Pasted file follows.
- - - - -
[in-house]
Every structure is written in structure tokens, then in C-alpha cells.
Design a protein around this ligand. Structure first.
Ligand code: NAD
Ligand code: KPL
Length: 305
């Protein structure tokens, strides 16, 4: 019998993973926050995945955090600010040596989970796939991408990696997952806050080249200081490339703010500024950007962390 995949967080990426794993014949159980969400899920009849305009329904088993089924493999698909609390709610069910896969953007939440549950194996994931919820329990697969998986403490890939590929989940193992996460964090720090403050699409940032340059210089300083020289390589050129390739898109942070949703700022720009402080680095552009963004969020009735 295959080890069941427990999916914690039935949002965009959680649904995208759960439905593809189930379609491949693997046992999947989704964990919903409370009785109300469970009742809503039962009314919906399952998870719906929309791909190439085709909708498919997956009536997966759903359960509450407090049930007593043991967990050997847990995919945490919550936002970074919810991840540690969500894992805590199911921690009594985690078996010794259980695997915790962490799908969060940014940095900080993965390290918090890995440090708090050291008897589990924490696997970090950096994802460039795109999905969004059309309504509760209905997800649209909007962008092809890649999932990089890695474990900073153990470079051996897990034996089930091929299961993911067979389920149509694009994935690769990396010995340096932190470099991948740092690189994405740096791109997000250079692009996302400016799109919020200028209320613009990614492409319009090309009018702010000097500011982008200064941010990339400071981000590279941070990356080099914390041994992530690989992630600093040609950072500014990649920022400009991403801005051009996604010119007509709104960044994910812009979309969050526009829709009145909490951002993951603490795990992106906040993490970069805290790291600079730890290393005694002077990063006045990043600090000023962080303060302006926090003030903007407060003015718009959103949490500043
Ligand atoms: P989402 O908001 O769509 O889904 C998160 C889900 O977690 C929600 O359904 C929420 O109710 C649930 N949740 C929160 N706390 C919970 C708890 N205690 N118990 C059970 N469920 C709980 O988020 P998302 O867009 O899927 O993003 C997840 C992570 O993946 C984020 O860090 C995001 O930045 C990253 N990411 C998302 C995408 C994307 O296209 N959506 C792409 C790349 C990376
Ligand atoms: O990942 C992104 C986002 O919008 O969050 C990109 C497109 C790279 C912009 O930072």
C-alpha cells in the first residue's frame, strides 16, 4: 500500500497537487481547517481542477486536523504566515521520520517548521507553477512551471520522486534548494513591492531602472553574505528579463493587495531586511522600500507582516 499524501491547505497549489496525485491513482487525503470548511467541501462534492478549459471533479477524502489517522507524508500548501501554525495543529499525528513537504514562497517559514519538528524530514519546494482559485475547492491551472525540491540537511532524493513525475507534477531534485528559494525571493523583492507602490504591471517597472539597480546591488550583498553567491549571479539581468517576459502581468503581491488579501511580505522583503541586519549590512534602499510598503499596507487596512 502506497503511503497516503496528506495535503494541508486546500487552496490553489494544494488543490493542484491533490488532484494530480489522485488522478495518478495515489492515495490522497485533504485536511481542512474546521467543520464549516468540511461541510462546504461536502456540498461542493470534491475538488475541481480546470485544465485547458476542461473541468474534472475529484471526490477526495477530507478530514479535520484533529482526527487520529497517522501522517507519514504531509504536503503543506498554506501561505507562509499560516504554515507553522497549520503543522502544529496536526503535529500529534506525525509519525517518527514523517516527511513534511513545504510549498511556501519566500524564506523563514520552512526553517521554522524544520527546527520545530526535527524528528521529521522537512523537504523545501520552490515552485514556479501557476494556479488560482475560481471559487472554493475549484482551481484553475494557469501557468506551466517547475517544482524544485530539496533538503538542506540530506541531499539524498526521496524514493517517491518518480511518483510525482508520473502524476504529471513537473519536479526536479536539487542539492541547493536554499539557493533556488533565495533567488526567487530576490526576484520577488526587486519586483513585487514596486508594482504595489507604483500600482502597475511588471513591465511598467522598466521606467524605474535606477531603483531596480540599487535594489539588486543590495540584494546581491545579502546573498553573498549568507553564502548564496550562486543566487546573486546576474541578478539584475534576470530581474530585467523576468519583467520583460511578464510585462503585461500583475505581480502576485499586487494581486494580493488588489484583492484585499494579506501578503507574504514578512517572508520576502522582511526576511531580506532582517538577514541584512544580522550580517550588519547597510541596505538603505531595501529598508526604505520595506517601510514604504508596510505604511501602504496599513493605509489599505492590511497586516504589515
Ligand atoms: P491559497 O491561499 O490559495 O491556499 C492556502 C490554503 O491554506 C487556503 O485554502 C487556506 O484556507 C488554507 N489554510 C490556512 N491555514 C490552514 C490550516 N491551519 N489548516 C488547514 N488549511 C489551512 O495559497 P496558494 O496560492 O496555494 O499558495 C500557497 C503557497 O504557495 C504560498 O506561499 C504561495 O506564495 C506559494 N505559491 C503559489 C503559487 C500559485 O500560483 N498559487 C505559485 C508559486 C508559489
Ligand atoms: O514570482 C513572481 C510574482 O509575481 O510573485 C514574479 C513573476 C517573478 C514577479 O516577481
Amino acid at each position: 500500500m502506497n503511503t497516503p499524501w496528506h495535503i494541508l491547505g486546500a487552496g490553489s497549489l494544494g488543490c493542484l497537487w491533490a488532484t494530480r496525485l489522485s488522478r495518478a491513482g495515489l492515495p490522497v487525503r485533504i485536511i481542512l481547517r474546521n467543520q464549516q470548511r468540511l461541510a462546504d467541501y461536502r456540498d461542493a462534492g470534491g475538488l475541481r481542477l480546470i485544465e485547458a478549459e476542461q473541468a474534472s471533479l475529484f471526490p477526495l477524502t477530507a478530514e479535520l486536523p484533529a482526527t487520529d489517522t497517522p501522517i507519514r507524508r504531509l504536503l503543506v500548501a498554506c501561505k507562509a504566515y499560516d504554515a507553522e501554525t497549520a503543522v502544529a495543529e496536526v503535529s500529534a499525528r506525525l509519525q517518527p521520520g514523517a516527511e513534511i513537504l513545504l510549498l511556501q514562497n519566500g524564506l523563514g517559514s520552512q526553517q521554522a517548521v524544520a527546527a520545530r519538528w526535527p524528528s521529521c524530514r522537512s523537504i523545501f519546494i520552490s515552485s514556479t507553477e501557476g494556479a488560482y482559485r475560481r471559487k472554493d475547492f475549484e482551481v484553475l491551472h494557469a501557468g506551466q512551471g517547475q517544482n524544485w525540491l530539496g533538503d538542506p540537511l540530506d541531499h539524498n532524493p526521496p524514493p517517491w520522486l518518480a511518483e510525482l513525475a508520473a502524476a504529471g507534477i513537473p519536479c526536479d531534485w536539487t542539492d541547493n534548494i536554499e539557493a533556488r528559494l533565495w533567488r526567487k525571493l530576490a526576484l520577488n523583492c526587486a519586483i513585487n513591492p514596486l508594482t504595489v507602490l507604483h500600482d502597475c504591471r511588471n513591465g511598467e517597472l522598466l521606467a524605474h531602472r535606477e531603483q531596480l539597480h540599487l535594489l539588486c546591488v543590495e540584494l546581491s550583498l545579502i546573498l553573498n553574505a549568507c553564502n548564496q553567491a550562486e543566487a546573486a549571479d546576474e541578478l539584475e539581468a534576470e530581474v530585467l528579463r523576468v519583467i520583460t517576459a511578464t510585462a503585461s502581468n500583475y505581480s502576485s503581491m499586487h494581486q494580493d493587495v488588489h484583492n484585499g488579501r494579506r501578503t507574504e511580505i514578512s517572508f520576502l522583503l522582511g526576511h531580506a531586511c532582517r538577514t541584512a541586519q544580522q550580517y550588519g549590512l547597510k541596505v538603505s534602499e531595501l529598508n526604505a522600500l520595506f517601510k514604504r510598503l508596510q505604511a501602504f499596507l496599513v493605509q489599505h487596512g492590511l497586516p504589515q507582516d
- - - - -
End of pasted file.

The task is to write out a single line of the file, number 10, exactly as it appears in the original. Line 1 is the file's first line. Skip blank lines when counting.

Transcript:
C-alpha cells in the first residue's frame, strides 16, 4: 500500500497537487481547517481542477486536523504566515521520520517548521507553477512551471520522486534548494513591492531602472553574505528579463493587495531586511522600500507582516 499524501491547505497549489496525485491513482487525503470548511467541501462534492478549459471533479477524502489517522507524508500548501501554525495543529499525528513537504514562497517559514519538528524530514519546494482559485475547492491551472525540491540537511532524493513525475507534477531534485528559494525571493523583492507602490504591471517597472539597480546591488550583498553567491549571479539581468517576459502581468503581491488579501511580505522583503541586519549590512534602499510598503499596507487596512 502506497503511503497516503496528506495535503494541508486546500487552496490553489494544494488543490493542484491533490488532484494530480489522485488522478495518478495515489492515495490522497485533504485536511481542512474546521467543520464549516468540511461541510462546504461536502456540498461542493470534491475538488475541481480546470485544465485547458476542461473541468474534472475529484471526490477526495477530507478530514479535520484533529482526527487520529497517522501522517507519514504531509504536503503543506498554506501561505507562509499560516504554515507553522497549520503543522502544529496536526503535529500529534506525525509519525517518527514523517516527511513534511513545504510549498511556501519566500524564506523563514520552512526553517521554522524544520527546527520545530526535527524528528521529521522537512523537504523545501520552490515552485514556479501557476494556479488560482475560481471559487472554493475549484482551481484553475494557469501557468506551466517547475517544482524544485530539496533538503538542506540530506541531499539524498526521496524514493517517491518518480511518483510525482508520473502524476504529471513537473519536479526536479536539487542539492541547493536554499539557493533556488533565495533567488526567487530576490526576484520577488526587486519586483513585487514596486508594482504595489507604483500600482502597475511588471513591465511598467522598466521606467524605474535606477531603483531596480540599487535594489539588486543590495540584494546581491545579502546573498553573498549568507553564502548564496550562486543566487546573486546576474541578478539584475534576470530581474530585467523576468519583467520583460511578464510585462503585461500583475505581480502576485499586487494581486494580493488588489484583492484585499494579506501578503507574504514578512517572508520576502522582511526576511531580506532582517538577514541584512544580522550580517550588519547597510541596505538603505531595501529598508526604505520595506517601510514604504508596510505604511501602504496599513493605509489599505492590511497586516504589515